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Trafton Drew, Edward K. Vogel; Repeated masks are less effective. Journal of Vision 2005;5(8):75. doi: 10.1167/5.8.75.
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© ARVO (1962-2015); The Authors (2016-present)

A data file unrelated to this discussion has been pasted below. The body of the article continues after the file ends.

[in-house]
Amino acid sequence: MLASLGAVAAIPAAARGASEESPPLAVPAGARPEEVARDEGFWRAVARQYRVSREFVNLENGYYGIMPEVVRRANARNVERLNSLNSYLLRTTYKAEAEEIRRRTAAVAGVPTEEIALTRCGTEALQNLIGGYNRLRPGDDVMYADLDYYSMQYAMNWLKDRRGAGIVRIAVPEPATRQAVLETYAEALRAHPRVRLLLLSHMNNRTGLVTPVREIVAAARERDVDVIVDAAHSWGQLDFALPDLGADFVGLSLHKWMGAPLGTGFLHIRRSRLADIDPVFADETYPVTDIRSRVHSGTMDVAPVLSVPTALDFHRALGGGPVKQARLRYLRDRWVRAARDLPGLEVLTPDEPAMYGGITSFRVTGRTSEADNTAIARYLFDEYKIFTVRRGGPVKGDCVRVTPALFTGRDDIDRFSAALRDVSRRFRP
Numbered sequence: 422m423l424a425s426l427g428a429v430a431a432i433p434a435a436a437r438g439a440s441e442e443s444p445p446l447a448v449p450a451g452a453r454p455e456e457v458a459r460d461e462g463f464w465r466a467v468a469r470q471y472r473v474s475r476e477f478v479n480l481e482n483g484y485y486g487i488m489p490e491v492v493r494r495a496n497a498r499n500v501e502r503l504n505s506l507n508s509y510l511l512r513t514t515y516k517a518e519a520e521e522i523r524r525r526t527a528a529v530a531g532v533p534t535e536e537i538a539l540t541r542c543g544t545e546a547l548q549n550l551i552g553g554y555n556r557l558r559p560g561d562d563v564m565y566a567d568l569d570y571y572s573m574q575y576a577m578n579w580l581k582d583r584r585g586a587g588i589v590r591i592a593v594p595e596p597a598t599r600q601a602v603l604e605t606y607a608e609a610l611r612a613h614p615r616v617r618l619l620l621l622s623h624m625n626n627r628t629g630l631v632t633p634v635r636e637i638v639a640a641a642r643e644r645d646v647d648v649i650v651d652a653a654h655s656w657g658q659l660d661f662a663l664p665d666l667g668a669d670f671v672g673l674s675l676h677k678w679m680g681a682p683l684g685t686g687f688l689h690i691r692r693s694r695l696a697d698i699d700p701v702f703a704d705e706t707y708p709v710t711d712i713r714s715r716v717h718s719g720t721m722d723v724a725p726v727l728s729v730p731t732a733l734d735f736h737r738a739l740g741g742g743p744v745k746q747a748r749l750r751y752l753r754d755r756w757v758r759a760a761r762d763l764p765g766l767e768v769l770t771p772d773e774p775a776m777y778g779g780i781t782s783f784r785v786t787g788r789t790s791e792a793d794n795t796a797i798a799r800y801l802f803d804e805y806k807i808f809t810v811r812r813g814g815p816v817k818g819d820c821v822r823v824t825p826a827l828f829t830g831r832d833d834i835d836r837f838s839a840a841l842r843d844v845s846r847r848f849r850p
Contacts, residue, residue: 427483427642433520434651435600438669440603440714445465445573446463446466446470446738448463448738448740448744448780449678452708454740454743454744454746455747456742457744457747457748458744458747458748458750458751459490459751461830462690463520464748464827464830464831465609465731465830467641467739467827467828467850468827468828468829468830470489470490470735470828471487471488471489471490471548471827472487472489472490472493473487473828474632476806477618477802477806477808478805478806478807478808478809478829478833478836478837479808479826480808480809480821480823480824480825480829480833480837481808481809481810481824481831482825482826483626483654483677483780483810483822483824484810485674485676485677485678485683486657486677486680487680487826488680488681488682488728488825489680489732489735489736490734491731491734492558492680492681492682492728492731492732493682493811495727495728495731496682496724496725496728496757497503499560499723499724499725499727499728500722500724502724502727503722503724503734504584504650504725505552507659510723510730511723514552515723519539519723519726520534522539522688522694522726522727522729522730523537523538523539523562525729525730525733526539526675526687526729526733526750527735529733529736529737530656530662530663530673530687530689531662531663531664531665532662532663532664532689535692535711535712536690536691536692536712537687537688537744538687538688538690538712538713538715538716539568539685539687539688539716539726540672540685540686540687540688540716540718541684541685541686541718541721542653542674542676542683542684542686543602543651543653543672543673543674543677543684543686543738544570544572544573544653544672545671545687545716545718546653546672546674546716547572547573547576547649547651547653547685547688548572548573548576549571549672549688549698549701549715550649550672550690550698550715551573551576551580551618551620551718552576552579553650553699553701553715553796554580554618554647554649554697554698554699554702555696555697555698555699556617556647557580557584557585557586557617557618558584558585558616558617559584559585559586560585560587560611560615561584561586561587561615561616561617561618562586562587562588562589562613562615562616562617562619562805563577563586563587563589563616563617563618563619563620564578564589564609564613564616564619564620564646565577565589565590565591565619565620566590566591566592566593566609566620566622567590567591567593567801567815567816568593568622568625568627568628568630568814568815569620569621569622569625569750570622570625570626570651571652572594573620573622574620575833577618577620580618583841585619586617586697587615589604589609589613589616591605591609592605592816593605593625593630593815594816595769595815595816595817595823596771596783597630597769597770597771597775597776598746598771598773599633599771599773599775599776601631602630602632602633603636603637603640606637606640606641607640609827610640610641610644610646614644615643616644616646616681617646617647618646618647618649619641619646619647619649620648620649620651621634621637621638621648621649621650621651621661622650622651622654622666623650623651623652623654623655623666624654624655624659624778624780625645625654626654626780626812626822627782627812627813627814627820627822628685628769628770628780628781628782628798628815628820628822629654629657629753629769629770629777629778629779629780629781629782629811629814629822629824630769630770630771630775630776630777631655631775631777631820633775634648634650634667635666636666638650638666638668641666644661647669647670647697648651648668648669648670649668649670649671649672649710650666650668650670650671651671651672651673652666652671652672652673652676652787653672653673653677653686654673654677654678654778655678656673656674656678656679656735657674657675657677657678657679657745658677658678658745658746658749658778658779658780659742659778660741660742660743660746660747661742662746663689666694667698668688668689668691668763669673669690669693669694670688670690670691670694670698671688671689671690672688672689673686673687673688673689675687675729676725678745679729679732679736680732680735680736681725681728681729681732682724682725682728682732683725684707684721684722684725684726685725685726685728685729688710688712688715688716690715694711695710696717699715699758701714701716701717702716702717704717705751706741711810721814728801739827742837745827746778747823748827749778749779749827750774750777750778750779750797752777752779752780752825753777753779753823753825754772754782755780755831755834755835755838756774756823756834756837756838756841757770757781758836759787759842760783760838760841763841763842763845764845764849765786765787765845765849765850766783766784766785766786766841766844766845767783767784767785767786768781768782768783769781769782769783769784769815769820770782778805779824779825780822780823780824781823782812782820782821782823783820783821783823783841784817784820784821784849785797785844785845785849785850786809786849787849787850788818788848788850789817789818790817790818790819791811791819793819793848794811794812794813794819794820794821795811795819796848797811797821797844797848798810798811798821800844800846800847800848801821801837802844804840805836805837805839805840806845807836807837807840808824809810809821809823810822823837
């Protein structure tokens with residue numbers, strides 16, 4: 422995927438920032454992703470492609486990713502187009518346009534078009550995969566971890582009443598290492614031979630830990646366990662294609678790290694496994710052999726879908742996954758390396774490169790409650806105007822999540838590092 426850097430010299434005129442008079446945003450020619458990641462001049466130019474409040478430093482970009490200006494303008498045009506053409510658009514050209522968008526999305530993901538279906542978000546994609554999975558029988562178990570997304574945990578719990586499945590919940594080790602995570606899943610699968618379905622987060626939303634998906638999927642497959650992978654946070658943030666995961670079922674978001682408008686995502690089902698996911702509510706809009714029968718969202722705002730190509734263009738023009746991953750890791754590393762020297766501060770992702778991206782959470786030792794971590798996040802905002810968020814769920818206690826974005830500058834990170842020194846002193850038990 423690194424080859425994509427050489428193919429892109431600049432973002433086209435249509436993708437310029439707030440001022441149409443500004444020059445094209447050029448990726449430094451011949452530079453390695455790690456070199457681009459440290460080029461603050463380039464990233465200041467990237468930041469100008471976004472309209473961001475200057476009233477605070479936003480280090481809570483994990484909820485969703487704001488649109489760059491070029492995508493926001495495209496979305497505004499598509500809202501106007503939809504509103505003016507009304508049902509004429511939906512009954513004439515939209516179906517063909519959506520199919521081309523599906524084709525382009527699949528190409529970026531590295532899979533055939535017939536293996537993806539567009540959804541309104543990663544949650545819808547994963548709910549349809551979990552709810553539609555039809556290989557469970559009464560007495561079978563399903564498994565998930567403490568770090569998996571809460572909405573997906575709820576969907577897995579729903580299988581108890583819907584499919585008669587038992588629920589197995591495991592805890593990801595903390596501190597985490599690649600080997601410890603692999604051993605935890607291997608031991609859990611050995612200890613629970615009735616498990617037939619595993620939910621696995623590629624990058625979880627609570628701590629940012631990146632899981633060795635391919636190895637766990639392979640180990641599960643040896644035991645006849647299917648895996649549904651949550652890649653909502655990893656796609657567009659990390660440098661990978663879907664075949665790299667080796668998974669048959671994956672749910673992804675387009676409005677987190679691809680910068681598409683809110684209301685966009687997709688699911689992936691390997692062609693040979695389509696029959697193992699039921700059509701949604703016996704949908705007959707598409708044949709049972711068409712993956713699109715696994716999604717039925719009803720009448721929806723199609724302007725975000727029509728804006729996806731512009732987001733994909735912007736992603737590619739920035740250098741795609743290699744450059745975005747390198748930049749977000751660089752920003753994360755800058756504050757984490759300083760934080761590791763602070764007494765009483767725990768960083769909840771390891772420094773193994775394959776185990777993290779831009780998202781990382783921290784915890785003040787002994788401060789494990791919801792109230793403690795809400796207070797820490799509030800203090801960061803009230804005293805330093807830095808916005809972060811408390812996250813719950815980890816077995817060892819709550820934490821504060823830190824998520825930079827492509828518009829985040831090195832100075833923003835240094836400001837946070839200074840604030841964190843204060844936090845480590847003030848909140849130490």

When a target is immediately followed by an irrelevant stimulus, it is generally harder to accurately report than when it is presented in isolation. The concept of using target masks is pervasive, yet the underlying mechanisms that predict the efficacy of a particular masking stimulus are still not fully understood. For example, what happens when a target mask is repeated? We investigated this question using a simple target detection task. Subjects were asked to pick a target out of a circular array of 7 other non-targets. The target array was preceded and followed by a circular array of random letters. On half of the trials, the distractor arrays were identical before and after the target. On the other half, both masks were novel. We found a benefit of repeated masks. That is, target detection was significantly better when the trial repeated the same mask twice as compared to trials when there were two novel masks. Under certain circumstances, repeated stimuli have been found to be more difficult to perceive (repetition blindness, Kanwisher, 1987) while under others there is a clear benefit for seeing the same thing twice (repetition priming, Henson et al, 2000). It is not yet clear whether the current results are due to participants being primed to the mask or ‘blind’ to it and it is possible that the same mechanisms may actually underlie both of these processes.
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